I recommend Kenshoji both for the spiritual kanjingyo meditation and for the company of its charismatic priest.
Down one of the quiet back streets of Tomonoura, you’ll find the entrance to Kenshoji Temple. Dating back to the 1600s, this temple has long served practitioners of Nichiren Buddhism in the seaside town, with history worn on its wooden façade and ornate roof tiles. A visit to Kenshoji is not only an opportunity to enjoy the company of stray temple cats nad appreciate the altar’s extravagant golden embellishments, but also a chance to experience ascetic practice, in this case kanjingyo meditation.
Kanjingyo, an Introspective Journey
Asceticism is a religious lifestyle that requires self-discipline and the rejection of worldly indulgences. While an ascetic experience may sound intimidating, the Buddhist priest at Kenshoji, Suzuki-san, takes a more liberal approach than some of his peers. He welcomes the devout as well those without any prior meditation experience or familiarity with the tenants of Buddhism.
When I arrived at Kenshoji, Suzuki-san was dressed in athletic pants and a sweatshirt. He gave me a strong handshake and a warm smile. You could immediately sense his charisma—even the stray cats kept in tow, following him around the temple grounds.
After a quick-change into religious robes, I met Suzuki-san in the main temple building to begin our kanjingyo session. He briefly explained the philosophy and simple procedure for this form of meditation, one unique to Kenshoji. Suzuki-san asked me to sit in the middle of the room, facing the altar. He lit incense then took his place behind me at a prayer dais.
Our session lasted no longer than fifteen minutes. Suzuki-san continually recited sutras, the repetition and monotone melodies of his voice producing a calming ambiance. His only request was that I close my eyes, settle my mind and look within myself.
The three kanji characters for kanjingyo can be roughly translated to observation, heart and spirit, and journey. Nichiren Buddhism asks its believers to focus on the self, attributing inner transformation and empowerment to the creation of a more peaceful world. Suzuki-san tries to facilitate this self-examination with those who don’t have formal meditation training.
After several minutes of uninterrupted sutra recitation, Suzuki-san moved to one side of the room where a taiko drum was assembled. He continued his sutra chant while playing the drum, filling the room with the impressive resonance of the taiko. I could feel the vibrations of the drum on the soles of my feet and in my chest. It removed me even further away from my daily anxieties, quieting my mind for that short session.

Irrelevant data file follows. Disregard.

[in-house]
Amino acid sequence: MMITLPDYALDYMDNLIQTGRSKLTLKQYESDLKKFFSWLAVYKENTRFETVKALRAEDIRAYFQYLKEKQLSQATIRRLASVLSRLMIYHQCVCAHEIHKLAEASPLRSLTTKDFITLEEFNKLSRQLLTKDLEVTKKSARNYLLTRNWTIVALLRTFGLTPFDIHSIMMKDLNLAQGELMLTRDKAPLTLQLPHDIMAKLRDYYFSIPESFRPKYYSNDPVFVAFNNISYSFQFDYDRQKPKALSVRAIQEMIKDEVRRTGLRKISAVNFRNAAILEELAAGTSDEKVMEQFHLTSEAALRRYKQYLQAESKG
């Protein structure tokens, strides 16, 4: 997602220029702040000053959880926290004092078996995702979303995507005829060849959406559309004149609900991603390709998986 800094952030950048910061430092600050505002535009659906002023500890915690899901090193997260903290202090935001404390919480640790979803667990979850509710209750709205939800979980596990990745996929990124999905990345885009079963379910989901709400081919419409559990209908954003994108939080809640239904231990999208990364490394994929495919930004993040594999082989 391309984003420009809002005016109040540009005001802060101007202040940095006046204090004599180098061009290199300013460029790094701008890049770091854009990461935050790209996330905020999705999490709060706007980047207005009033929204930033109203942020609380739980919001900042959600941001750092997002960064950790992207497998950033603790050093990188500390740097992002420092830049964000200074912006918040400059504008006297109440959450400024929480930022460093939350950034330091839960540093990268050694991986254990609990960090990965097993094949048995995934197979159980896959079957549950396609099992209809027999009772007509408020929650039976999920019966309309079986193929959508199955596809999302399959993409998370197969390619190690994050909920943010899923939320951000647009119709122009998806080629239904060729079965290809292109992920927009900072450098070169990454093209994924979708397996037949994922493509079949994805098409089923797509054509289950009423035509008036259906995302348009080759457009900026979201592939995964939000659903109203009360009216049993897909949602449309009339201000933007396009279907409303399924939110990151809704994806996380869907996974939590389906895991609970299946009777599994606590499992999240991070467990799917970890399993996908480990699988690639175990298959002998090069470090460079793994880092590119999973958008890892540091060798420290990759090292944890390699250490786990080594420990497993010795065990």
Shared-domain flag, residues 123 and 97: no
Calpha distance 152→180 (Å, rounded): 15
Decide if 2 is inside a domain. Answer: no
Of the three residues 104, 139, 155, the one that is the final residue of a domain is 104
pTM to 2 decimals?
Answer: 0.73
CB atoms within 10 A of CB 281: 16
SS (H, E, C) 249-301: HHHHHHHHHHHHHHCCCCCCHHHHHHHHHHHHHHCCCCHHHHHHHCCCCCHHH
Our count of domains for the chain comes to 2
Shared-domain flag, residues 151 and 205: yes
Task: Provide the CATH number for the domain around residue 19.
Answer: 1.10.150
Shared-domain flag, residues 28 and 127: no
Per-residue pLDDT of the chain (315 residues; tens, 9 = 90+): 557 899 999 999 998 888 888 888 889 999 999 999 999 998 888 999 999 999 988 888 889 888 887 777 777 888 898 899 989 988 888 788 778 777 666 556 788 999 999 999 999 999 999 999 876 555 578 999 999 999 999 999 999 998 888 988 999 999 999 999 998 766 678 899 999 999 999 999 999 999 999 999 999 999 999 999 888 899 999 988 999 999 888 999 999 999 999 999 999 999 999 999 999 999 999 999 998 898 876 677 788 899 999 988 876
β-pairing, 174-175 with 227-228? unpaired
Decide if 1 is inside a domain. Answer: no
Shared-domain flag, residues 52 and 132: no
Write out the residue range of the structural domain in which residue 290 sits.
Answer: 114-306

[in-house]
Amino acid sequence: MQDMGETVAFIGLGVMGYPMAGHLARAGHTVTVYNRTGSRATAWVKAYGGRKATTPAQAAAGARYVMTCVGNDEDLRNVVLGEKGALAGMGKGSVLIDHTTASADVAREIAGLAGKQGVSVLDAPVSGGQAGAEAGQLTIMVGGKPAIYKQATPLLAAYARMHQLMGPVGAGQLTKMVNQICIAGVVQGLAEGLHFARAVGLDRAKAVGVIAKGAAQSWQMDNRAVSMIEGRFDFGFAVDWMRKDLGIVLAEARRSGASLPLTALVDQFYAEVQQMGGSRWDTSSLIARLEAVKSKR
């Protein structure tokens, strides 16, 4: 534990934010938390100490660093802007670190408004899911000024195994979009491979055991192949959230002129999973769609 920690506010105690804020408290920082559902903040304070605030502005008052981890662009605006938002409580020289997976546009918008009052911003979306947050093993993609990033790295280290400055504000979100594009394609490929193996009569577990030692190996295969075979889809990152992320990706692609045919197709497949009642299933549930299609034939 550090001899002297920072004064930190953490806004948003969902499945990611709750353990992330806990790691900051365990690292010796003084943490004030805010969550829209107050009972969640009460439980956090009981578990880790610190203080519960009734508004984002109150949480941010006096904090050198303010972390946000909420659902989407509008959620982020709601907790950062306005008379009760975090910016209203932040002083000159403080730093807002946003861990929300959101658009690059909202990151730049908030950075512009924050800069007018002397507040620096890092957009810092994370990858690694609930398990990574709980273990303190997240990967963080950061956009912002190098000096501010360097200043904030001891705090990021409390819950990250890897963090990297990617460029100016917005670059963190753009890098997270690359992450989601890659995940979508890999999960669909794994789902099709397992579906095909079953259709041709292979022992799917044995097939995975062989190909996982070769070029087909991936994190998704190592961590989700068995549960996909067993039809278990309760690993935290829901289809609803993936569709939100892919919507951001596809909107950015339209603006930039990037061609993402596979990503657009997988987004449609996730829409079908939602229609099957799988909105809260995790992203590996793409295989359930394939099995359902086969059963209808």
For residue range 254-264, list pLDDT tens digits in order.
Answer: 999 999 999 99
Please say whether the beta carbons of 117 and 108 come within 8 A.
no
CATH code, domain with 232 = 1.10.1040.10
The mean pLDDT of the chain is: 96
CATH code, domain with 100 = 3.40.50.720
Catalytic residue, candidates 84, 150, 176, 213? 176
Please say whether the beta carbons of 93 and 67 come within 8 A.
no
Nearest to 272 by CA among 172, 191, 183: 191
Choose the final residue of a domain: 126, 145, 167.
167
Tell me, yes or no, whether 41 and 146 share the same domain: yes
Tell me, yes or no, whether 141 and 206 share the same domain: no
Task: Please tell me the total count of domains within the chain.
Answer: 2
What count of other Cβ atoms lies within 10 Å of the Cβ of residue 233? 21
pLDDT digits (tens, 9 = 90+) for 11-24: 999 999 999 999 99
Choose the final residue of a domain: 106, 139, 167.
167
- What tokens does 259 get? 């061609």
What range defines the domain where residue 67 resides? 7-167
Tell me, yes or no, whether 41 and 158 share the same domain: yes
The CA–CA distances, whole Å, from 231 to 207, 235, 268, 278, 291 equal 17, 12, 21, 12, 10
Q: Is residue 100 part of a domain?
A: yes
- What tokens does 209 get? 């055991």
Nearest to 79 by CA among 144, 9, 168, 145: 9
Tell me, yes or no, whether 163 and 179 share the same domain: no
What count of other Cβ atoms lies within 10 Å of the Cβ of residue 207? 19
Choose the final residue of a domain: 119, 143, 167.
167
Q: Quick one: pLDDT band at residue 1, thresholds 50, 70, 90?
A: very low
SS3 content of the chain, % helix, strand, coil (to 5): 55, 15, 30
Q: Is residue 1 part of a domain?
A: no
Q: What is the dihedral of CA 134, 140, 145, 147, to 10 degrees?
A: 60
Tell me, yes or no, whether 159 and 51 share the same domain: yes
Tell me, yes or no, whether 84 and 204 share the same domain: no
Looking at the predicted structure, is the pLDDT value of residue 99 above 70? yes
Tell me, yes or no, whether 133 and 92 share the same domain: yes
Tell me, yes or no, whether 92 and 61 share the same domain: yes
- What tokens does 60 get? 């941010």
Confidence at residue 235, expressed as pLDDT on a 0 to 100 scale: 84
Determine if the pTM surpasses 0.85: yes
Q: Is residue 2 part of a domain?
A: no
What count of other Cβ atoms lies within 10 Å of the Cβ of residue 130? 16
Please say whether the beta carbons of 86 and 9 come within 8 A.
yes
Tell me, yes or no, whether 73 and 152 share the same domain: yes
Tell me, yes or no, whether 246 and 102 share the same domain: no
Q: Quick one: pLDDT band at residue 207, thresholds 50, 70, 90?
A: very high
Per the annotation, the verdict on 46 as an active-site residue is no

Monster Truck Rally with a Buddhist Priest
While I enjoyed kanjingyo, I found Suzuki-san to be as much of a draw to Kenshoji. After the meditation session, we chatted over freshly-brewed green tea and momiji manju, maple-leaf-shaped cakes that are filled with red bean paste and famous to Hiroshima Prefecture. Suzuki-san loves to crack jokes and despite the seriousness with which he approached the sutra recitation, our conversation afterwards was filled with hearty belly-laughs.
It turns out Suzuki-san is a good friend to make in town. A few days after my visit, I ran into him at a beachside café, enjoying a wood-fire oven pizza and a view of the Seto Inland Sea. Once again, his priestly garments were replaced with a tracksuit. Though he was off-duty, he immediately recognized me, jumped out of his chair to say hello and offered to drive me back into town after I’d finished my meal. I took him up on the offer.
When we left the café together, however, what I found was not one of Tomonoura’s common miniature mini-vans, used to navigate Tomonoura’s hazardously narrow streets, but a miniature monster truck, elevated several feet off the ground, with comically large tires. Suzuki-san looked at my expression and let out another belly-laugh. He jiggled the keys and gestured for me jump up onto the passenger seat.
Immediately I saw a dashboard of flip switches that read “FOR ROAD RACING ONLY” and a more than intimidating stick shift. I buckled my seatbelt. Just when I thought Suzuki-san had defied all the stodgy stereotypes of a Buddhist priest, he rolled down the windows, turned on the sound system, and blasted a Jay-Z song from the Bad Boyz II soundtrack. Both of us cackled our way through town as Suzuki-san torn up the up the Tomonoura backroads and then flexed his way through the cobblestone streets of the historic district.
It turns out my visit to Kenshoji brought equal parts relaxation and asceticism, as well as excitement and worldly indulgence. One of my favorite memories from Tomonoura, I recommend Kenshoji both for the spiritual kanjingyo meditation and for the company of its charismatic priest.
Address/ 1205 Ushiroji,Tomocho, Fukuyama-shi, Hiroshima
Parking/ Not Available.
Writer Name: Andrew Deck